He turns what others see as a deficiency into a strength.

Fred Rogers never saw himself as a hero. His greatness stemmed from his humility, and he confides in Vogel that he, too, carries his own burdens from the past and must fight his nature. Becoming patient, accepting, and controlling anger were not miracle gifts. They were the work of consistent faith and self-actualization.

It’s a Beautiful Day in the Neighborhood is a moving and memorable film about trying to repair broken relationships, managing overwhelming feelings, and learning to see with eyes that seek the good. At the end of the movie, the audience applauded. No one got up to leave until after the final credits had rolled. More than twenty years after that Esquire cover story and sixteen years after he passed away, Mr. Rogers continues to inspire with his focus on peace, not division; on kindness, not mocking cruelty.

Though Fred Rogers was an ordained Presbyterian minister, his animating values are core Jewish values. He had an ayin tov, a good eye that looked for the good in others. He knew that anger “took us out of this world,” as it says in Pirkei Avot, and for that reason needed to be controlled. He knew that daily acts of kindness, of chesed, were the responsibility of every person, to help make the world a better place.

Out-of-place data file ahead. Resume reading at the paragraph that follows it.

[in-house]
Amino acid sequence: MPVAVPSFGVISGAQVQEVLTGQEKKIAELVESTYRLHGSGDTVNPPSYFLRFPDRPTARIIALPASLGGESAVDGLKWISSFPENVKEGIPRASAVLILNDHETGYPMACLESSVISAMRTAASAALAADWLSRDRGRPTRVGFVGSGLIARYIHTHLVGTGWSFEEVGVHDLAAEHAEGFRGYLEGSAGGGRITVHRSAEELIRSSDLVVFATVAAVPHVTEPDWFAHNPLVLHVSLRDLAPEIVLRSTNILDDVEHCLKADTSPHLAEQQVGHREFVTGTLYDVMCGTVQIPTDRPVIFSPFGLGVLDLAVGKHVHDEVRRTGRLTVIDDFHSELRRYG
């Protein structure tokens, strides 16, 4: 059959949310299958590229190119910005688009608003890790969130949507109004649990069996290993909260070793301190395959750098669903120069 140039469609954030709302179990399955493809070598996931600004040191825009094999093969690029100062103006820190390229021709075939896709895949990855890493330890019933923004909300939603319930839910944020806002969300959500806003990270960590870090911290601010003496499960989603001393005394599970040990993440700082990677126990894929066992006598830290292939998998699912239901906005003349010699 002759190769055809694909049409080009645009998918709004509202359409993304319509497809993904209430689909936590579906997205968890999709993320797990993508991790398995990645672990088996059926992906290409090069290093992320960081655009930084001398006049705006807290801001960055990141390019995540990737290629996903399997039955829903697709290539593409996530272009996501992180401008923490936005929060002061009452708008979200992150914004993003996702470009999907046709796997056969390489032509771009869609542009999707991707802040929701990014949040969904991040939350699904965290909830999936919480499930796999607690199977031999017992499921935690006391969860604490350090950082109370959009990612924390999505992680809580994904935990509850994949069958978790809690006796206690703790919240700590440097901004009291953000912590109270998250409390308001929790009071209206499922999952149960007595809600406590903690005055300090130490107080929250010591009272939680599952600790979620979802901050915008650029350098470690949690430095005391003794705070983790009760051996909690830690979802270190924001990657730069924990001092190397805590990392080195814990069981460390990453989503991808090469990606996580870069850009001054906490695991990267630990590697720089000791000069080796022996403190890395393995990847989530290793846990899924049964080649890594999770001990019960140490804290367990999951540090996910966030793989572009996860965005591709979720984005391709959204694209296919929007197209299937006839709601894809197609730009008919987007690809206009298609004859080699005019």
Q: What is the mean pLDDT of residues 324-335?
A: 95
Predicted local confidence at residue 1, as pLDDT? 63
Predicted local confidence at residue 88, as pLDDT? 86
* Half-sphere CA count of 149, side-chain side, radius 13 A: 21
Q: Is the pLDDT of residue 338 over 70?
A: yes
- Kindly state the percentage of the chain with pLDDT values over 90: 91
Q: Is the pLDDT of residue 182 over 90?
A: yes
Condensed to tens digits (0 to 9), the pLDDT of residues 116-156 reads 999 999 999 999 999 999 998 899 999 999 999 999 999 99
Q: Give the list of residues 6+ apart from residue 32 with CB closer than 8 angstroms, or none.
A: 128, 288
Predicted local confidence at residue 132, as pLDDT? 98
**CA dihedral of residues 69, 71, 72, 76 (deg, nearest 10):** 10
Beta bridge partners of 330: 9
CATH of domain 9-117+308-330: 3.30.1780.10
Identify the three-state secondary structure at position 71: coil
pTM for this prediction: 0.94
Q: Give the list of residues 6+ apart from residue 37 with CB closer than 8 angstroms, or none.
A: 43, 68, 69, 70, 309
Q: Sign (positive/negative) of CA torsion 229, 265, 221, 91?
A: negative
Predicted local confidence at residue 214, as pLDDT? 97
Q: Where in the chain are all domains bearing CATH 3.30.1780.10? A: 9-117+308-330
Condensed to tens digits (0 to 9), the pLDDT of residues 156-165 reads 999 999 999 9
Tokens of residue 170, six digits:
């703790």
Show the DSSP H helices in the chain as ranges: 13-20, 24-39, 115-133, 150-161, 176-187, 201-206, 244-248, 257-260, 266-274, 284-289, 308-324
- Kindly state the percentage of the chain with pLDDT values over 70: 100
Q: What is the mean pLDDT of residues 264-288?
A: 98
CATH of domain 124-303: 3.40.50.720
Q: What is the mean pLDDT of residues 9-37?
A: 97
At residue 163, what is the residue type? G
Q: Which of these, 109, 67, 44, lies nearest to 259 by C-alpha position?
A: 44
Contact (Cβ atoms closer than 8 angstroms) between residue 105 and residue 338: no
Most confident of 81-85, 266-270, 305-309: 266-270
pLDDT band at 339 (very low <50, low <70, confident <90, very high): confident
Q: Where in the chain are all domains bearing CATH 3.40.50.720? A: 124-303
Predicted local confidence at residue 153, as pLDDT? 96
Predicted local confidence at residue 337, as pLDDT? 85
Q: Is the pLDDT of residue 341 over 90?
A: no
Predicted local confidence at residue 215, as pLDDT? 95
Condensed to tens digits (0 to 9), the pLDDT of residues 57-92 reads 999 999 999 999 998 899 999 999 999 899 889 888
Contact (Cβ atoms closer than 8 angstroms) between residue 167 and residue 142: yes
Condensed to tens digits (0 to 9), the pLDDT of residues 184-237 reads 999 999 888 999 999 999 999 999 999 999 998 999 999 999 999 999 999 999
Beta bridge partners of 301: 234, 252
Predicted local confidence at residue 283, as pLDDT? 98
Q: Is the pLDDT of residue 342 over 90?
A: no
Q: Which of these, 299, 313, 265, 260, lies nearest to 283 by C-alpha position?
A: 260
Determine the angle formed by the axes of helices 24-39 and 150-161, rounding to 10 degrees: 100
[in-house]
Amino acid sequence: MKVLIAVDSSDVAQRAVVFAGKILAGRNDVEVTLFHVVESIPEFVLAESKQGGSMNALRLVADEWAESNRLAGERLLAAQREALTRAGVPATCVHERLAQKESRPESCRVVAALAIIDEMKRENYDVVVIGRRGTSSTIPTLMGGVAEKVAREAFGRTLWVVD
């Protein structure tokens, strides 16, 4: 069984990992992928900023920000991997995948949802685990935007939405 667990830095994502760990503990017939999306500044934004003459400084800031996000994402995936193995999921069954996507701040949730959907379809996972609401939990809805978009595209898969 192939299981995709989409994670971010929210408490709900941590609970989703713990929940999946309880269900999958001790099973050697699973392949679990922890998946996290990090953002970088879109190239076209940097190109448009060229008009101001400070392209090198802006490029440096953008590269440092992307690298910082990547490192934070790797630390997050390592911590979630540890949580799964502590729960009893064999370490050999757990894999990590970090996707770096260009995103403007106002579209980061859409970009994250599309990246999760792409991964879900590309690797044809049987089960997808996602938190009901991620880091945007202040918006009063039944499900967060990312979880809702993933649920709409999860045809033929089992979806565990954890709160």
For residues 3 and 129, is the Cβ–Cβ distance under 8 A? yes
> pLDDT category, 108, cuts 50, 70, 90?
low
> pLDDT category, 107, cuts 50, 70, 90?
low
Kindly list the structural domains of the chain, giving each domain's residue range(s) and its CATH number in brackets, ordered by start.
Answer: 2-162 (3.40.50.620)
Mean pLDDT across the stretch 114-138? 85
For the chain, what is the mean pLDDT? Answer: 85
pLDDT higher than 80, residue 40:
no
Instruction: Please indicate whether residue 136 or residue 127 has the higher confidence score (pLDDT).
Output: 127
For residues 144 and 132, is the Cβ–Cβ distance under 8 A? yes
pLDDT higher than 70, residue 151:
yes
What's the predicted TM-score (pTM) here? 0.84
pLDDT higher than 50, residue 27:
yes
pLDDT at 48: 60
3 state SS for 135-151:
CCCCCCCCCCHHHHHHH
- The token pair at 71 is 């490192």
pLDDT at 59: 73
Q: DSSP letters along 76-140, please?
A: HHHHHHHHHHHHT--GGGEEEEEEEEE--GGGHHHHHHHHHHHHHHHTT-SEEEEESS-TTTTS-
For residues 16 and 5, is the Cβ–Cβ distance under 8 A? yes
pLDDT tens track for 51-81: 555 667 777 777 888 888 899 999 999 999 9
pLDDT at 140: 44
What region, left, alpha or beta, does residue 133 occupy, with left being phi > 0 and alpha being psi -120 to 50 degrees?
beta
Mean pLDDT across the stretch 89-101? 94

There are three secrets to happiness: Be kind. Be kind. And be kind.”

In an interview with CBS News about his role as Mr. Rogers, Tom Hanks dismissed the frequently floated idea that his personal reputation as an unfailingly nice guy made this an easy role for him to play. In fact, he said, as soon as he agreed to take the part, he began to have night sweats. “Everyone has an idea of what Fred was like. It was terrifying. You want to land in a place that people recognize is true human behavior.”

Joanne Rogers, Mr. Rogers’ widow, loaned Hanks some of her husband’s ties to help him feel he was in the role, and each day, the cast was presented with a “Fred quote.” Hanks said that his favorite was this:

“There are three secrets to happiness: Be kind. Be kind. And be kind.” Hanks noted, “It sounds namby-pamby, but it means that you give everybody a fair shake. It means being open to a possibility of making a simple choice of making the world a little bit better.”